Many years ago, I wrote an article on the research of Cornell University professor David Pimentel.
Pimentel, a geneticist and evolutionary biologist, claimed it takes more energy to produce ethanol from corn than the combustion of ethanol yields. Because of this fundamental input-yield problem, corn is a really lousy crop for making ethanol, Pimentel said.
This seemed to me like a bit of a problem. After all, about 40 percent of the U.S. corn crop is used to make ethanol. There seemed a certain madness in spending billions of taxpayer dollars on subsidies to turn our food into fuel, especially when many people around the world go hungry. Alas, my article on Pimentel’s research was not well received. I was living in Iowa at the time (aka the Corn State), where ideas critical of corn or ethanol are, to many, a form of local heresy.
I bring all this up because of an article I read in Investor’s Business Daily last week. Here is what it said:
“America's long war on fossil fuels is destroying the famed American prairie.
According to a report by the Organic Consumers Association, 95% of the 240 million acres of prairie land that once blanketed the middle of our country, from Texas to North Dakota, already is gone. Only isolated pockets of prairie tall grass, some 35 million acres set aside for soil and wildlife conservation, remain. And that — largely in the Great Plains — is at risk of being destroyed.
Among the factors most responsible for this tragic loss of our prairie heritage is the federal renewable fuel standard, a congressional mandate requiring refiners to mix renewable fuel (mostly corn-based ethanol) with U.S. gasoline, diesel, jet fuel and heating oil products.”
It's a stunning development. But one person unlikely to be surprised by these result is Pimentel. He predicted this course more than a decade and a half ago.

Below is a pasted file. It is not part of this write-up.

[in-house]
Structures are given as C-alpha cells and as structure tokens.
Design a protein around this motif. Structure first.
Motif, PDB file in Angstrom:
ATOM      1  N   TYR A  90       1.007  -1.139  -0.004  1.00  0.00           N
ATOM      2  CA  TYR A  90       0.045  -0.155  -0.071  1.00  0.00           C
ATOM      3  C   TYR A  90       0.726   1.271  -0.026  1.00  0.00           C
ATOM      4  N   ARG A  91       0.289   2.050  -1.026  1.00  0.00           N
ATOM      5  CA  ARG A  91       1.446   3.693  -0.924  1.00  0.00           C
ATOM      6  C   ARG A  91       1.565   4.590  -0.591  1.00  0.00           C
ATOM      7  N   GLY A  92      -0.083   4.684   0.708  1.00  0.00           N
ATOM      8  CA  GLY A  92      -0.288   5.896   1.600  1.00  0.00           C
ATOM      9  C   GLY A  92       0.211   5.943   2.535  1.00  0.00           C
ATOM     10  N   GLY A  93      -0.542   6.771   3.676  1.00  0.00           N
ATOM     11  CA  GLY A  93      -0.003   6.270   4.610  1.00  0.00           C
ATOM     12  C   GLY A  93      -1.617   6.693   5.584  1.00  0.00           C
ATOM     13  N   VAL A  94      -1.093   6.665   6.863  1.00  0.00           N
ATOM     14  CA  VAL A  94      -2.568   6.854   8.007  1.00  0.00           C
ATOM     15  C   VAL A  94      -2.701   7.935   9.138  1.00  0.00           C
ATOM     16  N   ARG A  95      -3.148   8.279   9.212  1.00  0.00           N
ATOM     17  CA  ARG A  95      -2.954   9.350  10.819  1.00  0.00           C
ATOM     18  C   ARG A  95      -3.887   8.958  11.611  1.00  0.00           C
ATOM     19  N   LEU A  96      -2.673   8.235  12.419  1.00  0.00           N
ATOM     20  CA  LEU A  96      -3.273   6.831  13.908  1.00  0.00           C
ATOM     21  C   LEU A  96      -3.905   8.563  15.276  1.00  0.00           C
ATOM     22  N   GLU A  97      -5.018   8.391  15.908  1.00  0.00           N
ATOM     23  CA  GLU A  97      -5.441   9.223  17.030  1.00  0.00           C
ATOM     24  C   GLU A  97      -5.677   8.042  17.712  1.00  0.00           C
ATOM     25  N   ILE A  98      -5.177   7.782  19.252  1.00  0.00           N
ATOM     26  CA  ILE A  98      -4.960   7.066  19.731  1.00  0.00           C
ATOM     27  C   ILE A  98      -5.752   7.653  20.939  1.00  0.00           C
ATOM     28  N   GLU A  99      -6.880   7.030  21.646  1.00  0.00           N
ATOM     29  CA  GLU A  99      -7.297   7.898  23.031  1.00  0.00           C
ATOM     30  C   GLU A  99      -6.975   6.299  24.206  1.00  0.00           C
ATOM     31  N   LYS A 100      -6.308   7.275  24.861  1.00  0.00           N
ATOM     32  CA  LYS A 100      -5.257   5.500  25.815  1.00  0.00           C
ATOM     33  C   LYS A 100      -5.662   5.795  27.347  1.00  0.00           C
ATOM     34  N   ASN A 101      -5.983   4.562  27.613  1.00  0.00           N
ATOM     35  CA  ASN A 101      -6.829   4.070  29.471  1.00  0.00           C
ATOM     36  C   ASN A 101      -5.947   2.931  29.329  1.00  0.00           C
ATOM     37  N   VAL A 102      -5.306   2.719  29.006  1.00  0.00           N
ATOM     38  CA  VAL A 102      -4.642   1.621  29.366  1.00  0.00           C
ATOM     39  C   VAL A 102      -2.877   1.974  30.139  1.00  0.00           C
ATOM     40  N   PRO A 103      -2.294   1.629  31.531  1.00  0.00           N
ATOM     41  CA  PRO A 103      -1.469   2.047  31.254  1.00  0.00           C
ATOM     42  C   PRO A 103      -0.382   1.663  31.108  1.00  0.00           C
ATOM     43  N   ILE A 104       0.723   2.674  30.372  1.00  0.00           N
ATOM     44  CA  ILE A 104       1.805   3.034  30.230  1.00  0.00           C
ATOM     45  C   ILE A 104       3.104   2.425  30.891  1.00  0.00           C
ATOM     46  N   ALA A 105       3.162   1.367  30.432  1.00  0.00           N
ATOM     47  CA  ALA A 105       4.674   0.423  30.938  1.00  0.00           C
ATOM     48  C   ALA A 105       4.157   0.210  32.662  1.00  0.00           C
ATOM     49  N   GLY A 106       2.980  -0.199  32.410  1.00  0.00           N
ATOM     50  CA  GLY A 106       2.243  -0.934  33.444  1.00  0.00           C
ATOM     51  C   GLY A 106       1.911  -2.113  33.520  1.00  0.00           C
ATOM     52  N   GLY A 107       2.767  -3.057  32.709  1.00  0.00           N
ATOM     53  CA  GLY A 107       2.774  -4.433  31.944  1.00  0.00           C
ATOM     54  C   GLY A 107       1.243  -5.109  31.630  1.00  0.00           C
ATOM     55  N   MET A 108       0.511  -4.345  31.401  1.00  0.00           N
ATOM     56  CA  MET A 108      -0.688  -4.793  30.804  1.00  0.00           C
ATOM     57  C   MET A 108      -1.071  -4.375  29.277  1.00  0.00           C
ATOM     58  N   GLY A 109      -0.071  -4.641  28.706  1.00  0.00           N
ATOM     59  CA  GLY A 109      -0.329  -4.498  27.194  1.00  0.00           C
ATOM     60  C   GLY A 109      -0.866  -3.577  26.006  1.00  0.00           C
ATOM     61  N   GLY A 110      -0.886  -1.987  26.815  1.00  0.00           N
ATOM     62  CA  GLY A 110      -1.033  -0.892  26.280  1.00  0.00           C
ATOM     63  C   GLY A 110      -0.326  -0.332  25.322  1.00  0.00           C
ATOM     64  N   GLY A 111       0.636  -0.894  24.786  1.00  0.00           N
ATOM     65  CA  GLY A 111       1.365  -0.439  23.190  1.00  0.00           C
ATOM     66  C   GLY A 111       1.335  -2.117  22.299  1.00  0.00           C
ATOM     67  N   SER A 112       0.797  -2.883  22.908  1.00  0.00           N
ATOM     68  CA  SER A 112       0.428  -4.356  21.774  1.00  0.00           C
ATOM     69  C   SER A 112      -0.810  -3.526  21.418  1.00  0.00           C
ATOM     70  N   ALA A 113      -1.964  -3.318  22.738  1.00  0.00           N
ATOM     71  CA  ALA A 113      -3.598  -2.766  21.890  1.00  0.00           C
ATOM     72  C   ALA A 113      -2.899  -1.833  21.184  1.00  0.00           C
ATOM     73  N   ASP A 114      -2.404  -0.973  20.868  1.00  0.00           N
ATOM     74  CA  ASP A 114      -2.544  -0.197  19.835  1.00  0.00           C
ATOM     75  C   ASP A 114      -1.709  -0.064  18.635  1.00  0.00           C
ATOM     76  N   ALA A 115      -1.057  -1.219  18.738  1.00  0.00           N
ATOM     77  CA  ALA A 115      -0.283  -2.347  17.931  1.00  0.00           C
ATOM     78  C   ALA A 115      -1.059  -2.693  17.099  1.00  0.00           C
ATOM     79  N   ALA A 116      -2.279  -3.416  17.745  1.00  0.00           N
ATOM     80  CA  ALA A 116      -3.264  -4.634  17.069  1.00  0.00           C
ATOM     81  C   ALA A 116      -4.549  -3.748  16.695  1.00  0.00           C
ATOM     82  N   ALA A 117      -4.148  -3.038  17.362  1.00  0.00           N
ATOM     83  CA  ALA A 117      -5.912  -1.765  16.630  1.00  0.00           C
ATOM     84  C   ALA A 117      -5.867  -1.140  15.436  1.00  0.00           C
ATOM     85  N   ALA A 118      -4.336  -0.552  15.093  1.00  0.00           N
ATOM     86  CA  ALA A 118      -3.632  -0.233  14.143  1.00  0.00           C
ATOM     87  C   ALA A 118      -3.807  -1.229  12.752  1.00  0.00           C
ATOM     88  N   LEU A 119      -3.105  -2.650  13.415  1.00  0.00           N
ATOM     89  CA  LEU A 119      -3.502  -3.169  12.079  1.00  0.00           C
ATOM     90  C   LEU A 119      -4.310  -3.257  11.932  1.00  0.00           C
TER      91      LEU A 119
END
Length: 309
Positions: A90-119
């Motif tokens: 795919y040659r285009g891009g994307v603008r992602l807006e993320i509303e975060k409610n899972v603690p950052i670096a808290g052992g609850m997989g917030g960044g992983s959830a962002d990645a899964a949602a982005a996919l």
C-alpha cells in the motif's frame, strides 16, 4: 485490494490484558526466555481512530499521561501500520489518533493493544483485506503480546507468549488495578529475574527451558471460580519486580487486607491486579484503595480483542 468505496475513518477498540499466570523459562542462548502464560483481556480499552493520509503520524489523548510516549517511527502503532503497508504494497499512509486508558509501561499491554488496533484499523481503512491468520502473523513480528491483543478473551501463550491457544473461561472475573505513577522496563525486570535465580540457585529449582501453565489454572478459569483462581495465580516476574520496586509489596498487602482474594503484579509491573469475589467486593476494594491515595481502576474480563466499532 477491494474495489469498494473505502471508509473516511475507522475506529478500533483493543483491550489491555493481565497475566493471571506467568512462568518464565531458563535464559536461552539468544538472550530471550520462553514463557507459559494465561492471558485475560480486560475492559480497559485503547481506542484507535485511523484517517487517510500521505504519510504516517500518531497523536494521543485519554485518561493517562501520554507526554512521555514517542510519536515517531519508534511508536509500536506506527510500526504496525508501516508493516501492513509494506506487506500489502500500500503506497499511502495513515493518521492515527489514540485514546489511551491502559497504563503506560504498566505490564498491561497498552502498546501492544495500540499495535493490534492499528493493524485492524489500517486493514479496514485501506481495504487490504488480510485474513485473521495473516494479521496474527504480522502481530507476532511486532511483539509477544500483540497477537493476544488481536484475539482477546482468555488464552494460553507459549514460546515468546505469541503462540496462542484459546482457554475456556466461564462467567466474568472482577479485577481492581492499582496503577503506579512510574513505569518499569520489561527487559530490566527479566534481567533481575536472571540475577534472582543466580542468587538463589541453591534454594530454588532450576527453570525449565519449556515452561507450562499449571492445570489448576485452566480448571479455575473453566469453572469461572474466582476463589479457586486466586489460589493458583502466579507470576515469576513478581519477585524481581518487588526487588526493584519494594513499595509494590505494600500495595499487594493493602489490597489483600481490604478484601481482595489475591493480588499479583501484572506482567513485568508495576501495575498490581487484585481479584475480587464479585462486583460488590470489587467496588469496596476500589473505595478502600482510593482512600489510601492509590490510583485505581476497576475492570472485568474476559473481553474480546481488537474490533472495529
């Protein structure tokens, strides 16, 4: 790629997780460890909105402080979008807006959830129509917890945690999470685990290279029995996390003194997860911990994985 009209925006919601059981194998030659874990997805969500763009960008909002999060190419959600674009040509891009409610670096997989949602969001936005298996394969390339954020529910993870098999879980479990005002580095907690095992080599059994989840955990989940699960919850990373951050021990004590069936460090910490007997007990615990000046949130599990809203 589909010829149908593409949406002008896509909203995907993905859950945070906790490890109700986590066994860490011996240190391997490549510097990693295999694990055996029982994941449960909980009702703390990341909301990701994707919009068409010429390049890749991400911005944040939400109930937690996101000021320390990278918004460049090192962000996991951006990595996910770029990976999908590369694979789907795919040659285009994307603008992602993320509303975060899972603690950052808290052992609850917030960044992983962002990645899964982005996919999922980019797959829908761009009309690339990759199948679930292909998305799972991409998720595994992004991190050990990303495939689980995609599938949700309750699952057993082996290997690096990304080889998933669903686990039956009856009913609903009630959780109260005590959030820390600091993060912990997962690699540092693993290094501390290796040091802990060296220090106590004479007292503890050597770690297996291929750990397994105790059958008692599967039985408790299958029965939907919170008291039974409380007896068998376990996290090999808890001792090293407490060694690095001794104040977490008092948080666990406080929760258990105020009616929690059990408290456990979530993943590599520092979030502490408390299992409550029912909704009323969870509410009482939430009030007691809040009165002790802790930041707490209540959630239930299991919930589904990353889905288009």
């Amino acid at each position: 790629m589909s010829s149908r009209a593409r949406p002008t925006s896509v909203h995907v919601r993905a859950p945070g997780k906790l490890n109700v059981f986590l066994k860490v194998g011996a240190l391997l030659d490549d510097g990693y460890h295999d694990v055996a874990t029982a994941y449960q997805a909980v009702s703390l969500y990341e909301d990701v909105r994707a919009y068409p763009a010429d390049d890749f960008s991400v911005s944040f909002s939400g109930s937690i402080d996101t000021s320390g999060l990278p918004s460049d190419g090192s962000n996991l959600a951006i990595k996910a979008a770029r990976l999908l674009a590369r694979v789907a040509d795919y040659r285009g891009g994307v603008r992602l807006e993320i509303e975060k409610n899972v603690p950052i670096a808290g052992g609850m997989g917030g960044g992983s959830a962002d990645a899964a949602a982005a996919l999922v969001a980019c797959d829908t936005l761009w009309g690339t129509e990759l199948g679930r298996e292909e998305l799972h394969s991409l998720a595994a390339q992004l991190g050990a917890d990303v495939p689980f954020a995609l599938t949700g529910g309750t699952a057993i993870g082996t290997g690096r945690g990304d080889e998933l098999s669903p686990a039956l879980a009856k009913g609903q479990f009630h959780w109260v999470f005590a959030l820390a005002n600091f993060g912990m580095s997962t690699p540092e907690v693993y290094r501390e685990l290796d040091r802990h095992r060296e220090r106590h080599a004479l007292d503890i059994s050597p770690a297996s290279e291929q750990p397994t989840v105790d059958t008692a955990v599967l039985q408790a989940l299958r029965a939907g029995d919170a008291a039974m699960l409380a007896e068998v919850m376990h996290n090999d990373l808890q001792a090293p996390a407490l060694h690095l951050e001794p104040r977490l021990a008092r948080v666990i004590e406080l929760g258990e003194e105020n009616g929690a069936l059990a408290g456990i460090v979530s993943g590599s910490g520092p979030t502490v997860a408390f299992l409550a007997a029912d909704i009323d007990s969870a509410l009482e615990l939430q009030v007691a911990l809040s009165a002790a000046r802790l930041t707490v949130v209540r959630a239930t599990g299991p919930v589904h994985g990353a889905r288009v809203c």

"Abusing our precious croplands to grow corn for an energy-inefficient process that yields low-grade automobile fuel amounts to unsustainable, subsidized food burning," he told the Cornell Chronicle in 2001.
What’s strange is that conservative and liberal thinkers for years now have generally agreed that the federal government’s ethanol regulations have been a disaster—both to the environment and the economy.
Still, the regulations persist; they have merely changed. Federal ethanol subsidies were allowed to expire in 2011 to great fanfare. Corn farmers hardly cared because by that time the Renewable Fuel Standard (RFS) (established under George W. Bush) had created an artificial, government-guaranteed demand for corn that kept prices high. As Kevin Drum of Mother Jones wrote: the subsidies are not gone; they are just better hidden.
If ethanol mandates are as harmful as both many liberal and conservative thinkers claim, how do they persist? I suspect it comes down to the world’s second oldest profession: money politics.
As the EPA chart below shows, the RFS requires 25 billion gallons of renewable fuel to be blended into transportation fuel in 2017, an amount that will only increase from year to year until 2022.
That creates a lot of demand, and high demand means high prices for growers, who are organized and know how to lobby lawmakers.
The IBD article says “kicking the ethanol habit should be as much of a no-brainer as buckling up before starting a car.” This sentence assumes, of course, that reason still governs in our nation’s capital. Time will tell.
[Image Credit: By PD-USGov-Interior-FWS [Public domain], via Wikimedia Commons]